A Basic Breakdown: COVID-19 Tests



COVID-19 testing through the University Health Center, one of multiple testing options, requires students to swab themselves while a nurse or FUEMS member looks on to ensure it is done correctly.


As many Fordham students prepare to reenter campus for the fall 2020 semester, COVID-19 testing is becoming increasingly relevant to our community since individuals must produce a recent negative result in order to return to campus. 

However, this is a source of extreme confusion for many — how many kinds of tests are there? How are they performed? How long will it take to get the results? In order to answer these questions and hopefully alleviate some of the stress they cause, here’s a simple breakdown of different types of COVID-19 tests.

According to the U.S. Food and Drug Administration (FDA), COVID-19 tests can be broken down into two categories: diagnostic tests and antibody tests. Diagnostic tests demonstrate whether or not the testee has an active COVID-19 infection. Antibody tests determine if COVID-19 antibodies, or the immune system’s response to a specific infection, are present in one’s body, but are not used to diagnose one with COVID-19.

New York Forward, New York State’s reopening plan, has now entered phase four of reopening in all regions, including New York City. The plan states that, as of Jul. 1, diagnostic testing is available to all residents statewide.

Diagnostic Tests

There are two types of diagnostic tests: molecular tests and antigen tests. 

Molecular tests are mostly performed via a nasal or throat swab, though in a few cases, samples of saliva are used instead. Results are generally returned within a week, are highly accurate and typically do not require repetition of test or confirmation from other types of tests.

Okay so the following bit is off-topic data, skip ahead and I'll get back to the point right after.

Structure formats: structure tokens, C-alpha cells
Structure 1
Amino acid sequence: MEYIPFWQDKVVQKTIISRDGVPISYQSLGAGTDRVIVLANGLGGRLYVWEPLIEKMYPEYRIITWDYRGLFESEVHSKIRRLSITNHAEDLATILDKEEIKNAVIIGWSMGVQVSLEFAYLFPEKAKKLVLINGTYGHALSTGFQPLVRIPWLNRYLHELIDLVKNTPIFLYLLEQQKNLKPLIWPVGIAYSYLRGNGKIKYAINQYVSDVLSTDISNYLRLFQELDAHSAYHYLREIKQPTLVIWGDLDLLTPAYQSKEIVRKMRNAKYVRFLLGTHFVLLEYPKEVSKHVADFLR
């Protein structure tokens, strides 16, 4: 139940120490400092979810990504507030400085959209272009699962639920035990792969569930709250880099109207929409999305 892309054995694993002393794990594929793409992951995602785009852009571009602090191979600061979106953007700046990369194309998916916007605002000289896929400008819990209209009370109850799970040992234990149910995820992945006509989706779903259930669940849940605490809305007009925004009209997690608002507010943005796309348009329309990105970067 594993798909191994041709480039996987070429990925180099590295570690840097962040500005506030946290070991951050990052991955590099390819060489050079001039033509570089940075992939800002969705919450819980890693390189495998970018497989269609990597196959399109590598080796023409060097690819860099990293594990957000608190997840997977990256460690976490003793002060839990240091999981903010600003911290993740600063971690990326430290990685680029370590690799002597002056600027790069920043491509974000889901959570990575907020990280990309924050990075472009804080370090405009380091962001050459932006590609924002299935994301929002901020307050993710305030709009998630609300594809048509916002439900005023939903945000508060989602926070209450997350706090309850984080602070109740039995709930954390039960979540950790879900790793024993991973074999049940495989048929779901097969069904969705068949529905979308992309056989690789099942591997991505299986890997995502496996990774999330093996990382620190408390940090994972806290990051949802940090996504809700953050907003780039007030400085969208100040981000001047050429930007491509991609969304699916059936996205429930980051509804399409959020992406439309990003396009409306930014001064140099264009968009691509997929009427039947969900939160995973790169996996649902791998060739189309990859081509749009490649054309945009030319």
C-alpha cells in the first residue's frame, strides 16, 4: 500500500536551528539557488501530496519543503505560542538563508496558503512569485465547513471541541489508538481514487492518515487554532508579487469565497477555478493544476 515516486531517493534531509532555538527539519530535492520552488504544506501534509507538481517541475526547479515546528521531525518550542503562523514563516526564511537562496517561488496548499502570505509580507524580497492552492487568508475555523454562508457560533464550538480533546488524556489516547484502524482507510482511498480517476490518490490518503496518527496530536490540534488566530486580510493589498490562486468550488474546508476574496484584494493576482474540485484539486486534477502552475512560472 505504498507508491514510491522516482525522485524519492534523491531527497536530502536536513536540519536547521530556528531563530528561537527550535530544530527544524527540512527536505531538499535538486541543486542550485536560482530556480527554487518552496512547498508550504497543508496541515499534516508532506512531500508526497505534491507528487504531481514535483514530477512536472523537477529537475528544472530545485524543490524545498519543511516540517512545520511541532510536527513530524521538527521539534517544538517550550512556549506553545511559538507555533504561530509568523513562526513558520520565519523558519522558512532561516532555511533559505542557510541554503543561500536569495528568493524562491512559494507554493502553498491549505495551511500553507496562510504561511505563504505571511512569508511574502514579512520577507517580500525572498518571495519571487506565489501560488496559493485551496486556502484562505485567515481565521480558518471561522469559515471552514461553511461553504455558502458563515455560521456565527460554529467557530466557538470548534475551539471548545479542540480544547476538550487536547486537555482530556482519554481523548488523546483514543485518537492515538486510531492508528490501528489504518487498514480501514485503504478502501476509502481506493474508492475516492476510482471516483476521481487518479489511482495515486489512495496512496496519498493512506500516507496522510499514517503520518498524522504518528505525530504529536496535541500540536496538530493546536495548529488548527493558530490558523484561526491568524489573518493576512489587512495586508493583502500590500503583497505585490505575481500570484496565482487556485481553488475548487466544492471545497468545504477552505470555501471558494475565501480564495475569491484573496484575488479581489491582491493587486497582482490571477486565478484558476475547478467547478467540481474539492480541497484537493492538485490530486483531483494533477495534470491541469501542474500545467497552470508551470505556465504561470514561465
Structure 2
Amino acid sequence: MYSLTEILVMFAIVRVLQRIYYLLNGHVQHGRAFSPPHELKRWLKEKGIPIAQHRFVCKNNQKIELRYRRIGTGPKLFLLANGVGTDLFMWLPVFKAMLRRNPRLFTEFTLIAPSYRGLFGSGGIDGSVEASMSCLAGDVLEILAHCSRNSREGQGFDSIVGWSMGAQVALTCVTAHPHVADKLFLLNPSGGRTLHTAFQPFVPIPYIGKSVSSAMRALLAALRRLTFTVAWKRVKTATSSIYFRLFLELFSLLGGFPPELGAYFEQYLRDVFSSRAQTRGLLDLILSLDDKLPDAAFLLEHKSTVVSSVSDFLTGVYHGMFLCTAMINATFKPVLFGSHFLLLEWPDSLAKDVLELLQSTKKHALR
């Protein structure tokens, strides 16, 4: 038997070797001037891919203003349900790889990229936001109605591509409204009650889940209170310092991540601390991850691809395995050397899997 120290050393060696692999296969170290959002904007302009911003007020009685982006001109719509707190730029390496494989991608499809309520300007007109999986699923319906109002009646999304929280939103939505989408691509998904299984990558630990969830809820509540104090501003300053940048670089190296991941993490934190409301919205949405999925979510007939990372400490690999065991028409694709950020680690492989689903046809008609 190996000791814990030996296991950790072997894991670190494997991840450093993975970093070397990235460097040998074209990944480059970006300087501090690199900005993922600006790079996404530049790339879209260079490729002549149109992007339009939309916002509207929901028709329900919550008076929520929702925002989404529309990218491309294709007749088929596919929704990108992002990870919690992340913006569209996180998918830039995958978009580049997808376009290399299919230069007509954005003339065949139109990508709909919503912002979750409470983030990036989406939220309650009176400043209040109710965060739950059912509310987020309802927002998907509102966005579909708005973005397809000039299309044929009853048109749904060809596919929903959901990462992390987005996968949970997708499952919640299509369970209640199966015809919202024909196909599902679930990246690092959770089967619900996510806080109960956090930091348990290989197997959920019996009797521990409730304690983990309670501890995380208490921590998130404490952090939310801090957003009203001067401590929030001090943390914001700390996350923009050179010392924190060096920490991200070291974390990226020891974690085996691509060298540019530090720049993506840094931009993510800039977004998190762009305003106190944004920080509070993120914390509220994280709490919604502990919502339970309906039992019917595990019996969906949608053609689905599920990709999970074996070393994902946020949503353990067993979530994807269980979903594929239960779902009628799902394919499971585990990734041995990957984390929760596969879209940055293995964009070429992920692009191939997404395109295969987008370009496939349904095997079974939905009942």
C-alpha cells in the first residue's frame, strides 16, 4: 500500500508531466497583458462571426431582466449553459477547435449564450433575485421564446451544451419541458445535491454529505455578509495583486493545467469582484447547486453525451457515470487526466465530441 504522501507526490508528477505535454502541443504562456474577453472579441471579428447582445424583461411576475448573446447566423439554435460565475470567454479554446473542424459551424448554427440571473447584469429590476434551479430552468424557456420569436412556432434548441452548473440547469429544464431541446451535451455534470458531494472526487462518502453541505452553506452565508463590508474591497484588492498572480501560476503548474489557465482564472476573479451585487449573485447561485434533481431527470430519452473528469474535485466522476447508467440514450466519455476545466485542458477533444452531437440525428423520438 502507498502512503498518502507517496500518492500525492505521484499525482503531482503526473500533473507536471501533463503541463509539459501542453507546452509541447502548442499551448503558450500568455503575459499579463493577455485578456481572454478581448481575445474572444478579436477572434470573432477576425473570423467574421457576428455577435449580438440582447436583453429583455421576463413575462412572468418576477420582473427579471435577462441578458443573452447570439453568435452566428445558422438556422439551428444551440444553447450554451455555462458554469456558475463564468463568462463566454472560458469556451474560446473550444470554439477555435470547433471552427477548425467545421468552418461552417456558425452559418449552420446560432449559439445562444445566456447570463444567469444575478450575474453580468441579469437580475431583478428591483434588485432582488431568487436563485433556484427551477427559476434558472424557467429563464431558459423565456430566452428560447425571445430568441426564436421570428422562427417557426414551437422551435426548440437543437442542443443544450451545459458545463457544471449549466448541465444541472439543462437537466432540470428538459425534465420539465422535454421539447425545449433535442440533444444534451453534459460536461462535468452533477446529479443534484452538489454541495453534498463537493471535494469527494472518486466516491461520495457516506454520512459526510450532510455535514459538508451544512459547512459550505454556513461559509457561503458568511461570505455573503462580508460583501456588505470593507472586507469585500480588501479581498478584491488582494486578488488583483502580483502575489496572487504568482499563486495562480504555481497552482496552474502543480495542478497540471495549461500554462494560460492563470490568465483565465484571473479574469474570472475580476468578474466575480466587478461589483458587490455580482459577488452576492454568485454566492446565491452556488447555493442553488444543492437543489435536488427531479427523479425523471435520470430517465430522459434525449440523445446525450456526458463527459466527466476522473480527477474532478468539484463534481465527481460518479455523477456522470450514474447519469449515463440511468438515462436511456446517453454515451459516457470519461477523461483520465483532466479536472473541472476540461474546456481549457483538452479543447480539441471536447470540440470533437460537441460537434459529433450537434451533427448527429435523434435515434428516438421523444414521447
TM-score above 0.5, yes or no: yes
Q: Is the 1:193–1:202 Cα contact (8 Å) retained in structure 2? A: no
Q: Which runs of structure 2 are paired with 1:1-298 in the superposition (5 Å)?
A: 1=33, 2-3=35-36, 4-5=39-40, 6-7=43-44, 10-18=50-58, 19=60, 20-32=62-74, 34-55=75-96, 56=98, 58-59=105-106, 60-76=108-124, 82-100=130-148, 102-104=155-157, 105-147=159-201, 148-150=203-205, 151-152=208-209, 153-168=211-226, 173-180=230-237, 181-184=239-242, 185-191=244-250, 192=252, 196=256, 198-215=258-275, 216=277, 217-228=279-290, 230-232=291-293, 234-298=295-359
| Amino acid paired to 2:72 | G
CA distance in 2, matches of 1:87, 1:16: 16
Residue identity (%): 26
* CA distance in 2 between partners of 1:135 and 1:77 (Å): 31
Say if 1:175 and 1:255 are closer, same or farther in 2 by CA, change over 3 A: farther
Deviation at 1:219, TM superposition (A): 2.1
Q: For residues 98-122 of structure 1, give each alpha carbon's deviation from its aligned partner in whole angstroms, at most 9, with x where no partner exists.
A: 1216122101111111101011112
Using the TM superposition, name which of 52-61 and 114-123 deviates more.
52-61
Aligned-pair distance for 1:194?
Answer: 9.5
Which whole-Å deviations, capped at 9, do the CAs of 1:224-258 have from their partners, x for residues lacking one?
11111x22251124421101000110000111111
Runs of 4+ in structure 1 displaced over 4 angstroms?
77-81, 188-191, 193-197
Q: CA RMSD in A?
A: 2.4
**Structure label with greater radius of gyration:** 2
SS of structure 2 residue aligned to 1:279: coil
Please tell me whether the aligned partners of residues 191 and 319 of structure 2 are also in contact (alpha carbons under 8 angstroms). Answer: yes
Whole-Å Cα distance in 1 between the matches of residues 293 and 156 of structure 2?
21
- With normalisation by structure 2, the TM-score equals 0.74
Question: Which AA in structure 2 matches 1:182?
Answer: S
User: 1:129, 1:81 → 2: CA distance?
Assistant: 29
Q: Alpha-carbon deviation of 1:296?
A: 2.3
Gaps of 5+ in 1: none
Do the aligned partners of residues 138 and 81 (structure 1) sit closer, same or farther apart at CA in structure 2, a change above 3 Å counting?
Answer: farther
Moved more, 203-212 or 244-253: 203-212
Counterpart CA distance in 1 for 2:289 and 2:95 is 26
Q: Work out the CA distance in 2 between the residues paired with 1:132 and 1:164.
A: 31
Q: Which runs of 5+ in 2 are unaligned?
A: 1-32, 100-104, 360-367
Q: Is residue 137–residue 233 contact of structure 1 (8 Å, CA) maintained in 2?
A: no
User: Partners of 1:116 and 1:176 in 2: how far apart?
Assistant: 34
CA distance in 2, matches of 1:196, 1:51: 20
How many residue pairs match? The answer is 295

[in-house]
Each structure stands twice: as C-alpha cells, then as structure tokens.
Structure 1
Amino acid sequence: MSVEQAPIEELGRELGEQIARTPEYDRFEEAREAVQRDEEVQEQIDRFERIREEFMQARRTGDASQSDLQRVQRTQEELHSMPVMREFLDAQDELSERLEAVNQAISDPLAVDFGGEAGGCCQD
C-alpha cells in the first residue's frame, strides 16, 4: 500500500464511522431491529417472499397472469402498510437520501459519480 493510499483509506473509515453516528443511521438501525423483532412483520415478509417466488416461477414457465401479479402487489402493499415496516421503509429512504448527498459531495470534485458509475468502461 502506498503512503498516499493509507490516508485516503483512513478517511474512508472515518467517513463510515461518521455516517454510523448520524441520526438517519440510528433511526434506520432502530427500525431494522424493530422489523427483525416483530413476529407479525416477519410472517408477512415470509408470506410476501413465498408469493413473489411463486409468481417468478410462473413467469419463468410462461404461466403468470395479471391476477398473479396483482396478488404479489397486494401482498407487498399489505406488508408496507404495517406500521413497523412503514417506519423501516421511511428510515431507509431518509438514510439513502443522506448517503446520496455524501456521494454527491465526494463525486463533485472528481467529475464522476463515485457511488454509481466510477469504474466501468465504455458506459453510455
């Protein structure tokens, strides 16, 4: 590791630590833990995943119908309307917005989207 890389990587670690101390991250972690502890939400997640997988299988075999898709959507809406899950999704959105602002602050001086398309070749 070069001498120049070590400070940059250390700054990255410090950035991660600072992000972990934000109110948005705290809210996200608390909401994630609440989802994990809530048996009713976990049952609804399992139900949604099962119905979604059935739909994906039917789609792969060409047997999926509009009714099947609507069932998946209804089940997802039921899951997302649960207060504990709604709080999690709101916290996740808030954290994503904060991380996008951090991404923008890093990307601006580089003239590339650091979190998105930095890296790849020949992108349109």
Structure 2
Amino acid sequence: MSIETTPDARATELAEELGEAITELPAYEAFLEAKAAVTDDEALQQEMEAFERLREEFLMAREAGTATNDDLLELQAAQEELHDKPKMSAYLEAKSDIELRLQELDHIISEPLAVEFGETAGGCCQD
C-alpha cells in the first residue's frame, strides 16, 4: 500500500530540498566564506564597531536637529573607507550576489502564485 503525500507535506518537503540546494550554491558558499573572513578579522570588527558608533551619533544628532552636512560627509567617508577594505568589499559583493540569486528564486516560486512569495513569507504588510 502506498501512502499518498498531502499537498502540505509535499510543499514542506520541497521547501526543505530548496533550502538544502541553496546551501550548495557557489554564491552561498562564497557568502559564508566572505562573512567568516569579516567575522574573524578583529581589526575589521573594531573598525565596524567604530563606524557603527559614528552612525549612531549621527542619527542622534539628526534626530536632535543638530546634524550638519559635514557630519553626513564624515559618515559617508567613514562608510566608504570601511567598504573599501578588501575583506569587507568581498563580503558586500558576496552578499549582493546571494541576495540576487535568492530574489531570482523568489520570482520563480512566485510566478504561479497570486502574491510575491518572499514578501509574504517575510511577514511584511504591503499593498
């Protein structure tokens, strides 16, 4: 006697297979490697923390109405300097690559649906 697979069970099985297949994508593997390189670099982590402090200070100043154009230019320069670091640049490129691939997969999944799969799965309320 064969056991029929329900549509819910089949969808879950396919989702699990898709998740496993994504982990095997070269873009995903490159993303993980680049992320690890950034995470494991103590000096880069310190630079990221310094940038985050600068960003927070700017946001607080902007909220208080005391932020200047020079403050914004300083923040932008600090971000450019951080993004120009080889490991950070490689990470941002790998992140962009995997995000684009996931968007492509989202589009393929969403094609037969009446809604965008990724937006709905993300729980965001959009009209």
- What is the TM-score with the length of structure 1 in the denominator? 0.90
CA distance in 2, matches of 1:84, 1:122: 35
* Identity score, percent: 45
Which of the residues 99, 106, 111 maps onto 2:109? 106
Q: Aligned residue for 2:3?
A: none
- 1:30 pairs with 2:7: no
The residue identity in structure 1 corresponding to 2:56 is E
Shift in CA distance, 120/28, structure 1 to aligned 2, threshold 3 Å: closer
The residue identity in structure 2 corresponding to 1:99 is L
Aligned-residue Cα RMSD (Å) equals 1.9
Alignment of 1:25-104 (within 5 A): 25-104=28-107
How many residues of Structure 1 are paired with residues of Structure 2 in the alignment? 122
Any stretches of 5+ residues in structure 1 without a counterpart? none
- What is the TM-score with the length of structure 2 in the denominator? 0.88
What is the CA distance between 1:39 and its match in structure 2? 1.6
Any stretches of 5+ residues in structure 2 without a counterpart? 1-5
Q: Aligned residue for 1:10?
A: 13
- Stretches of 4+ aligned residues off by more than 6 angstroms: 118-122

Antigen tests also use a nasal or throat swab. Results are returned within an hour. Generally speaking, an antigen test with a positive outcome is very accurate. An antigen test with a negative outcome is less so, so molecular tests are often used to uphold this result. Science Magazine states that antigen tests are generally cheaper and faster, so many scientists promote them in efforts for more widespread testing.

Compared to molecular tests, antigen tests have a higher chance of a false negative result, which indicates that an individual does not have an active COVID-19 infection when they actually do. Neither of these types of tests can tell if an individual has previously been infected with COVID-19.

Antibody Tests

Antibody tests are performed via a blood draw or finger prick. Results are typically obtained within one to three days, although some locations can return them on the same day. A second antibody test will provide more accurate results than just one. Antibody tests cannot be used to determine if an individual is actively infected with COVID-19— they only show whether or not one has been previously infected.

No test for either active infection or antibodies is accurate 100% of the time.

What type of test do I need to come back to Fordham?

In an Aug. 11 email, Fordham University Health Services outlined details about required COVID-19 testing. Community members were recommended to get tested at an off-campus site within seven days of their arrival to campus, but in the event that an individual is not able to do so, on-campus testing is  available as of  August 15. Registration for on-campus testing at both the Lincoln Center and Rose Hill campuses is available on the Fordham Forward webpage.

Fordham requires off-campus tests to be “a FDA EUA authorized PCR saliva or nasal swab test.” This type of test falls into the diagnostic molecular test category, which is likely due to the fact that results are less prone to error than antigen tests.

The university’s email provides several resources for locating testing sites near you. The Centers for Disease Control and Prevention (CDC) recommends contacting your health care provider if or when you want to get tested. If you are not tested but have symptoms of COVID-19, the CDC urges you to stay at home.